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Limbed Snakes Initiate Evolutionary Quandary

Researchers have discovered the fossil of a snake with a pelvis and functioning legs in Rio Negro, Argentina.  Sebastian Apesteguía (Argentine Museum of Natural Science) says Najash rionegrina is not the oldest snake discovered; marine snakes have been discovered in North America as well as Eastern Europe.  However, Najash rionegrina has been considered the earliest […]

Insects Lead the Way

Why engineer things from scratch, when we can imitate nature?  Two recent examples come from the world of insects.  A press release from UC Berkeley begins, “Using the eyes of insects such as dragonflies and houseflies as models, a team of bioengineers at University of California, Berkeley, has created a series of artificial compound eyes.”  […]

Walking Snake Bites the Dust

It must be missing link season.  MSNBC News announced a snake with rudimentary legs.  While exciting for evolutionary theory, it raises questions, too.  Snakes were supposed to have evolved in the water, not on land. Check out what Ken Ham said on Answers in Genesis about this latest salvo.  If the snake had legs, does […]

Fish-o-pod ‘Missing Link’ Discovered: Media Goes Nuts

Evolutionists could hardly feel more relieved.  Just when anti-evolutionary sentiment is on the rise, a new fossil has been announced that gives pro-evolutionists a missing link to run up the fishpole, and boy, did the media salute.  Neil Shubin (U of Chicago) and two partners found a “tetrapod-like fish” fossil on a Canadian island.  It […]

Experimental Biologists Look to Animals for Inspiration

Whether insects, fish, birds or mammals, animals have a lot to teach scientists and engineers.  Here are some recent stories that begin to answer, “How do they do that?” with hopes that humans might be able to mimic their feats. Hard sponges:  Aimee Cunningham in Science News (03/25/2006; 169:12, p. 184) described the astonishment Joanna […]

Spiders Rappel Without Getting Dizzy

How can spiders drop straight down their dragline silk without going into dizzying spins on the way down?  It’s because spider silk has “shape memory” and a resistance to twisting, due to its unique molecular structure.  Scientists tested three strong threads for shape memory: Kevlar thread, copper thread, and spider silk.  The winner was spider […]

Go to the Ant Farm, Thou Darwinist

It’s the 50th anniversary of the Ant Farm, and inventor Milton Levine is still tickled about the impact his toy has had on millions of kids, reported AP on MSNBC.  The charm of Uncle Milton’s Ant Farm was in “creating a whole world that you can see,” a world of creative and industrious ants.  Moms […]

Lazarus, Come Forth: Living Fossils Rise from the Dead

An animal goes extinct.  Millions of years pass.  The animal is found living in some remote jungle.  Scientists call this the “Lazarus effect,” after the man Jesus raised from the dead (see John 11).  Others call these finds “living fossils,” long thought to be extinct but now thriving in isolated ecological niches.  There are many […]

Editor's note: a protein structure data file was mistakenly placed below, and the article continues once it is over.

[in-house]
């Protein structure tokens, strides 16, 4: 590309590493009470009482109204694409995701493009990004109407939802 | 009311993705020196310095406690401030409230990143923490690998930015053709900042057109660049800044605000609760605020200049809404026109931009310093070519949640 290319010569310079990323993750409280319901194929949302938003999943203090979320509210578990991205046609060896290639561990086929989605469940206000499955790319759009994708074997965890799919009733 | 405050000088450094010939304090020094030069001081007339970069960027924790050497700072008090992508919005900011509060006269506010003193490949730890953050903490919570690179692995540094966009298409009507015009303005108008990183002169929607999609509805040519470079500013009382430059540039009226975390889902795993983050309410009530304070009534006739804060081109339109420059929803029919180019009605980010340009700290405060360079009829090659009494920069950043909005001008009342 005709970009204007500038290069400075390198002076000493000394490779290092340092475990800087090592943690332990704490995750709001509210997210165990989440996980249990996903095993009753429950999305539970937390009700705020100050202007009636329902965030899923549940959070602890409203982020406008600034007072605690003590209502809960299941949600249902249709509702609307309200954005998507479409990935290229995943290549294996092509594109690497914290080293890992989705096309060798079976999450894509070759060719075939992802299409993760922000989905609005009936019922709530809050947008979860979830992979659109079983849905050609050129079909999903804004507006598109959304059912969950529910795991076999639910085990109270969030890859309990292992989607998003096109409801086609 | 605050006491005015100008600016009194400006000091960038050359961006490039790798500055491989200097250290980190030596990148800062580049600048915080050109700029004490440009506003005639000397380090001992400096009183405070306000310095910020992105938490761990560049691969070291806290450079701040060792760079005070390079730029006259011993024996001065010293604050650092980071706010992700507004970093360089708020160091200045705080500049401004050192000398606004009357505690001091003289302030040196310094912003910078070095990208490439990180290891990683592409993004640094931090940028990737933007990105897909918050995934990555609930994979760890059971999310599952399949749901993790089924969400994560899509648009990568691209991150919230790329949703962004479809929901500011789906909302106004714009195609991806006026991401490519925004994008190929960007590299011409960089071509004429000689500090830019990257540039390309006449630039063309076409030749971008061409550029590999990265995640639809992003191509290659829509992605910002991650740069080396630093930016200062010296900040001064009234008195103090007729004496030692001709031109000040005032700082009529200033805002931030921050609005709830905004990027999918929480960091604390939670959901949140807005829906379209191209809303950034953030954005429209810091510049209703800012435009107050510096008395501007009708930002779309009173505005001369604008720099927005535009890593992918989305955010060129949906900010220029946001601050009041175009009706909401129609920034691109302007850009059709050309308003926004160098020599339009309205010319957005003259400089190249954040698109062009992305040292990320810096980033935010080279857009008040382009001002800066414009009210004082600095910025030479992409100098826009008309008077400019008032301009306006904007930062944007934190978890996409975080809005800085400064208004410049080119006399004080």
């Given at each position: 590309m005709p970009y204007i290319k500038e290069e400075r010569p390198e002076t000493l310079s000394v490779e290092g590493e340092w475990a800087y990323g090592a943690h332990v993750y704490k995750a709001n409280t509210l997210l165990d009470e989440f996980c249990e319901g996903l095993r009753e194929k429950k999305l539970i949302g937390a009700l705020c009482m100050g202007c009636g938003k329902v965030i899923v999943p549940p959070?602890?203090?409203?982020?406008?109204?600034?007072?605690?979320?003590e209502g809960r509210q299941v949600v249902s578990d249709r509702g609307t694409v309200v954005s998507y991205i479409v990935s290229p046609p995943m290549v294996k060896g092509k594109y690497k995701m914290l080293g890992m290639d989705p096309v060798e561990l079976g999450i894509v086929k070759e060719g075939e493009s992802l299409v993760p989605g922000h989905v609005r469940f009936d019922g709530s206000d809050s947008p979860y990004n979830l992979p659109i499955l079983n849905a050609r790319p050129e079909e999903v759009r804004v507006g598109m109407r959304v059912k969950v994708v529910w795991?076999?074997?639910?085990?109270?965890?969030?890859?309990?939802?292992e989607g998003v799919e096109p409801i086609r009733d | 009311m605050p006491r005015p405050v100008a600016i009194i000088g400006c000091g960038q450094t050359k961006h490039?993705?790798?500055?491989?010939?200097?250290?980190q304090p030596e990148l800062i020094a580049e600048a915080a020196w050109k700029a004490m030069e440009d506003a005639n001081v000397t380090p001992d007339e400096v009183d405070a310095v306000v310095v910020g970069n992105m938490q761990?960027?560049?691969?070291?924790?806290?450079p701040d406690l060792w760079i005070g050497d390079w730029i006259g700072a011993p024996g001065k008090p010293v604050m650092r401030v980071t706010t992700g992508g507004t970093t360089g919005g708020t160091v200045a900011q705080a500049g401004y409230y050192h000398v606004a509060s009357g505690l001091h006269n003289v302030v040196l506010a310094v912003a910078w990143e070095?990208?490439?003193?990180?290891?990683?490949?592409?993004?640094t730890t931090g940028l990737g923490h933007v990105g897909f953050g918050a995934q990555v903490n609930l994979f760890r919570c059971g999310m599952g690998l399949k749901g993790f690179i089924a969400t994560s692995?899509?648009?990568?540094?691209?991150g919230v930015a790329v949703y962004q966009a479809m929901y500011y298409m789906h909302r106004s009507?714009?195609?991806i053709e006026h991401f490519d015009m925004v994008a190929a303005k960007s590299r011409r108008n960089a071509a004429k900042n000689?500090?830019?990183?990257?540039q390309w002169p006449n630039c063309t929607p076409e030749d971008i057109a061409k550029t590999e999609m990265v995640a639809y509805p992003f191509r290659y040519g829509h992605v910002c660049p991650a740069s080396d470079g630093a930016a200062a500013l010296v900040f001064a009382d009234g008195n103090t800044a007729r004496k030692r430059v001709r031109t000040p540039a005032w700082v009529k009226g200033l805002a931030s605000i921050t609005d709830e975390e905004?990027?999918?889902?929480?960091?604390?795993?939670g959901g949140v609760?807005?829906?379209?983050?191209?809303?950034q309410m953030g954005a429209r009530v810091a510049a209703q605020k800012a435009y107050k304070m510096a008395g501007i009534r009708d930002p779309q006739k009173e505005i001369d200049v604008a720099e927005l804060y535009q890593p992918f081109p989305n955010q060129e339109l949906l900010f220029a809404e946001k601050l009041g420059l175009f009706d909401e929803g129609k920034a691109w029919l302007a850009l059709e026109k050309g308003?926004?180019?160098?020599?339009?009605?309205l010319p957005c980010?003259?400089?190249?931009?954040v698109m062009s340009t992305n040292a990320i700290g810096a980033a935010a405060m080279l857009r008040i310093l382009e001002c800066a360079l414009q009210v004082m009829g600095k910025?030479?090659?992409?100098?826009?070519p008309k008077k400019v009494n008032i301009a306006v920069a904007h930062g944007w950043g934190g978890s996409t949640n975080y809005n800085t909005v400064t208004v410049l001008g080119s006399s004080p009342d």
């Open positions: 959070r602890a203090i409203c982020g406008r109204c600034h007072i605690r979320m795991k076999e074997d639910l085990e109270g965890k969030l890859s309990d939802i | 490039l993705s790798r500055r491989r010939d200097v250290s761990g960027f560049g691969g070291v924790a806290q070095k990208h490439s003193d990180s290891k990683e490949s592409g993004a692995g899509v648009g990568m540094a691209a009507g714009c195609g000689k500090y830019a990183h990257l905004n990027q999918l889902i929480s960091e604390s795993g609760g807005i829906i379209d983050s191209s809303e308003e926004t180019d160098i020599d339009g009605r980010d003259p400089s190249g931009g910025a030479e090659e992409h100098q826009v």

Treasure Trove of Rare Species Found in Papua New Guinea

There are still untouched areas on our planet.  Scientists announced the discovery of a “lost world” of new species of birds and mammals in a remote section of Papua New Guinea with no sign of trails or roads.  The news media are all abuzz with the exciting announcement: see MSNBC, National Geographic, BBC News, EurekAlert […]

How Reporters Exaggerate Darwinism

“Scientists force evolution in the lab,” announces Robert Roy Britt for LiveScience (see MSNBC copy).  A scientist forced a mutation that turned a green caterpillar into a black one.  The reader doesn’t get the rest of the story till the last line: “The next step, the researchers said, is to see if the variations do […]

Observing Animals for Fun and Profit

Whether scientists watch Animal Planet for inspiration or not, they often are fixated on the wonders in the animal kingdom and want to understand and imitate them.  Here are some recent examples: Waddle of the Penguins:  Max Kurz at U of Houston enjoys watching cuddly penguins like most of us, but wonders how they waddle […]

Evolutionary “Arms Race” – Is Coevolution Relentless?

Camellias and the weevils that attack their seeds seem locked in conflict.  The thicker a camellia grows its protective woody covering around its seeds, the longer the feeding tube on some weevil to break through and devour.  John R. Thompson talked about such “coevolutionary arms races” in Current Biology1 and asked whether such wars can […]

Eyes on the Prize: Science Sees Gold in Biomimetics

A fly eye made the cover of Science this week.1  It’s not that the compound eye is interesting to entomologists; MSNBC News picked up on the real message: “Animal eyes inspire new technology – Researchers learn optics lessons from biology.”  The cover story is about biomimetics, or reverse-engineering nature.  Scientists are looking for ways to […]

Butterflies Invented LEDs First

Light-emitting diodes (LEDs) were a prized invention of physicists, improved greatly in 2001, but now we find butterflies invented them first.  We already knew that butterfly wings achieve their shimmering iridescence by means of photonic crystals (01/29/2003), as do some birds (10/13/2003), but now it appears that the butterflies have even more exotic tricks up […]

News from the Cretaceous

Here are some recent stories about extinct reptiles and bird-like creatures from the age of dinosaurs. T. Rex Smelled Good:  A story in Science1 listed evidence that Tyrannosaurus rex had a large olfactory bulb, giving it a good sense of smell.  Analysis of the visual and auditory parts of the skull suggest that it also […]
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